Water storage is essential for areas where there is no supply infrastructure or there is unreliability. It is cost effective where water needs to be purchased. The NWSC bills 0.96 USD per 1,000L of water for institutions. This price is higher in rural locations where water is collected and transported from public taps at 0.14-0.27 USD for a 20L jerry can. A typical classroom block without an alternative water supply requires 25,000-30,000L of water storage, while two classroom blocks require in the region of 40,000-50,000L. This capacity can be contained in a single big tank or multiple smaller tanks, depending on preference.
Tanks built of curved corrugated iron sheets welded into cylindrical tanks are the cheapest but least durable water storage option.
Capacity - 2,000L - 15,000L
Life span - 7 years
Cost (10,000L) - $550
Corrugated iron tanks were one of the earliest rainwater storage options available and continue to be cheaper than any alternative. They are generally not sold at hardware stores, but at specialized metalworks where fabricators weld 24 or 26 gauge iron sheets together to form cylindrical water tanks. The tanks rust quite quickly and can only be expected to last in the region of 7 years. They are far more common in households than in schools, as institutions generally opt for greater durability.
A corrugated iron water tank showing signs of rust
The most expensive water storage option: stainless steel tanks are more durable than any alternative, which can result in cost savings in the long-run. They are quick to install and more robust to receive plumbing than plastic tanks. Furthermore, stainless steel is unaffected by intense heat conditions and does not support the growth of bacteria or algae, making it a hygienic option for water storage. It is also recyclable in nature, so is arguably one of the more eco-friendly options.
Capacity - 750L - 500,000L
Life span - 50 years
Cost (10,000L) - $2,200
Stainless steel tanks are by far the most expensive option but are rust and corrosion resistant and durability may result in cost savings in the long run.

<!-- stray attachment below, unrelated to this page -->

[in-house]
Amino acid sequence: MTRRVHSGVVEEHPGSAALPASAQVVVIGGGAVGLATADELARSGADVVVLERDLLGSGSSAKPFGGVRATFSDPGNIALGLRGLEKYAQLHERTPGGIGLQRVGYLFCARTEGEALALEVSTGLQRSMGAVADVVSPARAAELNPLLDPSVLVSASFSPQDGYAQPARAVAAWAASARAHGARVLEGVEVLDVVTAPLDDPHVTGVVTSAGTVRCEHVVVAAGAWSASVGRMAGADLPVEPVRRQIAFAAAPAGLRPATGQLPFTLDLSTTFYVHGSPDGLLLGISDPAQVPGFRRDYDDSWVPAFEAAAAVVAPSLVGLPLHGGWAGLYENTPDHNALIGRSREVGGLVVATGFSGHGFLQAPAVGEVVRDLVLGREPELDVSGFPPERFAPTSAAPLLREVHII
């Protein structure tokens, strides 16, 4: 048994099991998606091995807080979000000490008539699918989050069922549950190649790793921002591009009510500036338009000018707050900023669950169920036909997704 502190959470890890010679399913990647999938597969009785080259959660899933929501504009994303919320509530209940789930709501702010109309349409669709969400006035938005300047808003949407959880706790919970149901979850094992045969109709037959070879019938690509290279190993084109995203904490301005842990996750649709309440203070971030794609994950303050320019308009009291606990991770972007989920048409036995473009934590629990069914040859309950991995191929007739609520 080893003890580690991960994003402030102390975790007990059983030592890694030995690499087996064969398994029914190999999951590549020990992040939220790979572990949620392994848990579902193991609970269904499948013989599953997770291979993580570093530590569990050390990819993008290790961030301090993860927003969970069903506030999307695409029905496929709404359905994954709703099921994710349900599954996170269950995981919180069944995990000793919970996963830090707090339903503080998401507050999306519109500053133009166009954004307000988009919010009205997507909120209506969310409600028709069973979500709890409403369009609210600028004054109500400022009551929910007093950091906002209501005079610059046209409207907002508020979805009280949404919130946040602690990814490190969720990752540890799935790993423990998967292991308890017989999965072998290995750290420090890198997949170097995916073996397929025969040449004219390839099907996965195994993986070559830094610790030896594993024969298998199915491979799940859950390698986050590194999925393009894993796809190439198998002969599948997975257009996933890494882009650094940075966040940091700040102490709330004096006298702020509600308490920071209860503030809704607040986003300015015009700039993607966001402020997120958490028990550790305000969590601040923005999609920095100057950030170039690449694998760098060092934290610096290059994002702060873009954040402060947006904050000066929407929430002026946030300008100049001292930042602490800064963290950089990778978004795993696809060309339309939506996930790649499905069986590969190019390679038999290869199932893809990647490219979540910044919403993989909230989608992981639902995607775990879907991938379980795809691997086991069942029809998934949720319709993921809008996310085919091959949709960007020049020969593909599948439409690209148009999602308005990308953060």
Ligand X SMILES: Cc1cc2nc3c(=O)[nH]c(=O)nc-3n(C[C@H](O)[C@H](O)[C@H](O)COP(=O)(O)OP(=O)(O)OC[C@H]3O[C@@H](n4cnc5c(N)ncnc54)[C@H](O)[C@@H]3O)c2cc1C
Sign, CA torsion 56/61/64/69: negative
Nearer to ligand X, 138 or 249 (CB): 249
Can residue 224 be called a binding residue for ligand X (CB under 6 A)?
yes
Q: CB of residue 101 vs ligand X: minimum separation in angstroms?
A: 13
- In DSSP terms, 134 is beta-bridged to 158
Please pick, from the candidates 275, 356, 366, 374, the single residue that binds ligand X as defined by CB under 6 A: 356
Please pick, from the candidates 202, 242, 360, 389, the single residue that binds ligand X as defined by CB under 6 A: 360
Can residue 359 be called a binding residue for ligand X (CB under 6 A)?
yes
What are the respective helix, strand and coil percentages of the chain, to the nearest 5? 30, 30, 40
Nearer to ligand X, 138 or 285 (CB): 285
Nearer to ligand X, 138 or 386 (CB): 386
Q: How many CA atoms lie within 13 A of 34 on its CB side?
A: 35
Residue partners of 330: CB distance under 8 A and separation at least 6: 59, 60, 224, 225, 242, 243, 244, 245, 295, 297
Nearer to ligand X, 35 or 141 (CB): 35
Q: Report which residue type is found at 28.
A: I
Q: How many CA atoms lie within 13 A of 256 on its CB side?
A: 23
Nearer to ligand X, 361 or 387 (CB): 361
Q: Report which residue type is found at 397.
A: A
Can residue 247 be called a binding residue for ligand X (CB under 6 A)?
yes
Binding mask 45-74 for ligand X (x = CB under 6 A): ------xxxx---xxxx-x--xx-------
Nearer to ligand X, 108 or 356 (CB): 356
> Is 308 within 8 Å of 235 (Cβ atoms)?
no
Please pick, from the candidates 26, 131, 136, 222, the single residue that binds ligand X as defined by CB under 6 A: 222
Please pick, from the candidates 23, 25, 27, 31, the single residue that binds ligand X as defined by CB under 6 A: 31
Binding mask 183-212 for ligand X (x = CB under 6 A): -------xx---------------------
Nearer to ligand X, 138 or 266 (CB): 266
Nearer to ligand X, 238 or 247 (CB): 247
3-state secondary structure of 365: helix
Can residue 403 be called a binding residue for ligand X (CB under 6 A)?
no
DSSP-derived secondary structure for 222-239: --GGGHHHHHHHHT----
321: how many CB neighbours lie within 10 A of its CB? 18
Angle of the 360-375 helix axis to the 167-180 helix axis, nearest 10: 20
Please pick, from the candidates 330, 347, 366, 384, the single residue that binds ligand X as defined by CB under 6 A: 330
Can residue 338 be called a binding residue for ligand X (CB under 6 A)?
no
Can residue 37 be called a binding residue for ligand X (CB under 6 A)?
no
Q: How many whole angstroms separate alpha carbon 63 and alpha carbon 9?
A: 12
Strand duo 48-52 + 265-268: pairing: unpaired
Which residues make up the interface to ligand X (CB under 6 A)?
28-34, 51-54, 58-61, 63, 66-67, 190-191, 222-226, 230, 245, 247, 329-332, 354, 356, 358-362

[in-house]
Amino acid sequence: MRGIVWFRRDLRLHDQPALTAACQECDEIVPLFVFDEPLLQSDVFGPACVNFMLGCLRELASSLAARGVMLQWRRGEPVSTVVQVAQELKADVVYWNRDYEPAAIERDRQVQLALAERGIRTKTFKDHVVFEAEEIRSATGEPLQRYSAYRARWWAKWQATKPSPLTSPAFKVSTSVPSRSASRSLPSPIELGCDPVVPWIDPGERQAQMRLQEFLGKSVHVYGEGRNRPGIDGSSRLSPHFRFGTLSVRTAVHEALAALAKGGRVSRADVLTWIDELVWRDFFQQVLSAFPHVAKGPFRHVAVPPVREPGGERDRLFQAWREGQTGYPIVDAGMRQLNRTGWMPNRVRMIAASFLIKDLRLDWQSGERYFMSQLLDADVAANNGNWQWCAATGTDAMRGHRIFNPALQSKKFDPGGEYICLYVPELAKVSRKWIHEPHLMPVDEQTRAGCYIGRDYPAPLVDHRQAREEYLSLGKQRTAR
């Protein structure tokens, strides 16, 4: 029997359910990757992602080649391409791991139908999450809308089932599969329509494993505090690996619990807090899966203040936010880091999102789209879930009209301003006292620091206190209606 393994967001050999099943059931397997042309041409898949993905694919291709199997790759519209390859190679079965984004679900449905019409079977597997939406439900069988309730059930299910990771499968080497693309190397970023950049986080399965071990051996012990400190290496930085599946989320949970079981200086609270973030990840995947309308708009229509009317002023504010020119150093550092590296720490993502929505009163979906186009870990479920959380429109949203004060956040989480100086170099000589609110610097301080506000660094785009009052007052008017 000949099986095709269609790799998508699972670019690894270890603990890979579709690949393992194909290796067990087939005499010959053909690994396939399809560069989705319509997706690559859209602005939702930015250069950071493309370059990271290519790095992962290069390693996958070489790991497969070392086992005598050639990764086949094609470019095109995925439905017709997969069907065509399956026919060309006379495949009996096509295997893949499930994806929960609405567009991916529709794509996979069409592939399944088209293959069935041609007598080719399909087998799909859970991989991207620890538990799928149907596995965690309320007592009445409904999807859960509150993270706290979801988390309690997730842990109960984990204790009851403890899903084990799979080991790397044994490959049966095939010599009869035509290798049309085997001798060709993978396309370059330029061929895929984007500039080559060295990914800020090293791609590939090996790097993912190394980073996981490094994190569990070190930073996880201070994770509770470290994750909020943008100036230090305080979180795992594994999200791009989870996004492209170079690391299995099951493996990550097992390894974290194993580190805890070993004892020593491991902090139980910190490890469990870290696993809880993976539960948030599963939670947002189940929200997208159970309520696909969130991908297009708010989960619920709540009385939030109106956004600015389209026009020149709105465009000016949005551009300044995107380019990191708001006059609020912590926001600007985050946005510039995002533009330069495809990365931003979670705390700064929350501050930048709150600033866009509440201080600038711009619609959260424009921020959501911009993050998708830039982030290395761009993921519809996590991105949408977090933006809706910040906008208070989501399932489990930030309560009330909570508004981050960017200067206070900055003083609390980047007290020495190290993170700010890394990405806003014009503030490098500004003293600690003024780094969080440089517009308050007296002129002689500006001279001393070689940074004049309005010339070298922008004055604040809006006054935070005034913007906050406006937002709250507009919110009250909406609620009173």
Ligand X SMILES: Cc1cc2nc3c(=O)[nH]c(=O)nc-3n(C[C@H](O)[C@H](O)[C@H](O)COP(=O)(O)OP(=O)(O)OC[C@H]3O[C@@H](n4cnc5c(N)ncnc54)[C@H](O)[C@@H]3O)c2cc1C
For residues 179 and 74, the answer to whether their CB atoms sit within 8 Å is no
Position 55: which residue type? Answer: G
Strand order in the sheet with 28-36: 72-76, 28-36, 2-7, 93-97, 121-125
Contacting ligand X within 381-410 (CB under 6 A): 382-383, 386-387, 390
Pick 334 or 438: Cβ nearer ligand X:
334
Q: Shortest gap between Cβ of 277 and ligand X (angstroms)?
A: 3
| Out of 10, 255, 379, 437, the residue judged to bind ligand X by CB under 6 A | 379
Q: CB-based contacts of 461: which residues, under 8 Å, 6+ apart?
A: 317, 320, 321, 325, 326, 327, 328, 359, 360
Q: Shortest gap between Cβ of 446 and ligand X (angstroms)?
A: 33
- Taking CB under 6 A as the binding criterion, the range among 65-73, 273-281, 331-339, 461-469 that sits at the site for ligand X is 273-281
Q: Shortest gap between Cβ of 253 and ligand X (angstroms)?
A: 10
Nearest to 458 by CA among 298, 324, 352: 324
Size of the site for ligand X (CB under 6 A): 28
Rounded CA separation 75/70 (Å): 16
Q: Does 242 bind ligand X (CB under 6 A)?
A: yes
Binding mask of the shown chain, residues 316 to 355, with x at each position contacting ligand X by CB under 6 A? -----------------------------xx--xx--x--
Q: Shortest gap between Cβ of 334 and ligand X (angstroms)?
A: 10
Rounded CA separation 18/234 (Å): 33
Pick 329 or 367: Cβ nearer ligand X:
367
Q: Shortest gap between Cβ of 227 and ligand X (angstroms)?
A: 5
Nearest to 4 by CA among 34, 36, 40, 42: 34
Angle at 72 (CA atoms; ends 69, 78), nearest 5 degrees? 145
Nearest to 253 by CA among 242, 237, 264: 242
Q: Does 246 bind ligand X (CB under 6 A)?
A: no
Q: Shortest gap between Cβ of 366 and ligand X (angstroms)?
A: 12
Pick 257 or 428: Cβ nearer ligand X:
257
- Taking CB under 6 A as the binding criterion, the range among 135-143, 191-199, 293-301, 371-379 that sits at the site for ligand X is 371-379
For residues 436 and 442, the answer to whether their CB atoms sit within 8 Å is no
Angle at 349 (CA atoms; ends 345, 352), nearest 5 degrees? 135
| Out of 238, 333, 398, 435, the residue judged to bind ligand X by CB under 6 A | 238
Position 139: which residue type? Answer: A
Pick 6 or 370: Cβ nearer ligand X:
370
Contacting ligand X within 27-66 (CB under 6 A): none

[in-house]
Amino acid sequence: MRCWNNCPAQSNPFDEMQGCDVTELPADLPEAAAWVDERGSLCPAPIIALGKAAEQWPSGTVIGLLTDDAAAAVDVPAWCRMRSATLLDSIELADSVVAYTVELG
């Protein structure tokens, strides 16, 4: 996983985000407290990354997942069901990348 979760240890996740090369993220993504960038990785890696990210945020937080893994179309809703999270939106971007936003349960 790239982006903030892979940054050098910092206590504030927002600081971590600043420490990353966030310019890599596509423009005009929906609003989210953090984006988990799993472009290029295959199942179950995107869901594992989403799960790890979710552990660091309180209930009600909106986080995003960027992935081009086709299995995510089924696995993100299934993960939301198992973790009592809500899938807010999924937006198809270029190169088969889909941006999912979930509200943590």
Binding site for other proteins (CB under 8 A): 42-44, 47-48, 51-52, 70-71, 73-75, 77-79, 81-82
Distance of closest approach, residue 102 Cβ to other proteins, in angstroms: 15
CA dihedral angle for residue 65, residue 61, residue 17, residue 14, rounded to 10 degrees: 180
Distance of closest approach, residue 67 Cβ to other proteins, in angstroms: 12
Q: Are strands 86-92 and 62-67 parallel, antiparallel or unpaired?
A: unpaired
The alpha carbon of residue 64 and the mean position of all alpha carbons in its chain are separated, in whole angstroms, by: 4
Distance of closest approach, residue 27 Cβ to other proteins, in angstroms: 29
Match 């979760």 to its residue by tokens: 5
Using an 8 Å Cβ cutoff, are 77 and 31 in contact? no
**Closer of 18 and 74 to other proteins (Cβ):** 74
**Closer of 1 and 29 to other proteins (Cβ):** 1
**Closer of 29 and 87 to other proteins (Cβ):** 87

Plastic water tanks are the most common water storage option for schools. They have decent durability but can be vulnerable to vandalism
Capacity - 100L - 24,000L
Life span - 20 years
Cost (10,000L) - $1,300
In many ways plastic tanks are the standard solution although they are relatively expensive and limited in capacity to around 24,000L. They are often organised in multiple tank systems, and should be placed at the same level and interconnected via underground popes so that they function as one big tank. Plastic tanks are vulnerable to vandalism and cal also become damaged through prolonged exposure to UV. They can require the construction of a protective brick wall, or shading elements, such as bamboo or planted screening, which further pushes up cost.
NTC Kaliro Two large plastic tanks at the end of each of the buildings are screened with bamboo to protect them from direct sunlight.
Underground water tanks are often a preferred option as they can be constructed from local materials are cost effective, secure and discrete.
Capacity - 5,000L - 200,000L
Life span - 25 years
Cost (10,000L) - $1,050
Underground water tanks offer a discrete and space-saving storage solution. The surrounding earth creates external resistance to water pressure, which means that costly reinforcement can be reduced. Tanks may be rectilinear or domed with a reinforced concrete slab. A masonry structure, usually fired brick is finished with a waterproof cement plaster. The exterior is painted with bituminous paint. Water must be fetched via a pump, which may be manually operated, fuel, mains or solar powered. An access point for the pump is all that is visible above ground
Interlocking stabilized soil blocks offer a low cost, but labour intensive solution to water storage. ISSB tanks are well protected against damage and theft.
Capacity - 5,000L - 200,000L
Life span - 15 years
Cost (10,000L) - $990
ISSB tanks are extremely versatile and can be built above or below ground in a wide range of sizes from 5,000L - 200,000L capacity. Smaller tanks require a specialist press that produces a curved ISSB block, whereas large tank sizes can be produced with regular straight blocks. No reinforcement is required for tanks of 50,000L or less. Above this is a double ISSB wall is recommended, consisting of two concentric circles with cement mortar packed between them. ISSB tanks are cost effective and environmentally friendly, but are labour intensive to construct.
A large ISSB water tank consisting of two concentric circles of standard ISSB for additional reinforcement.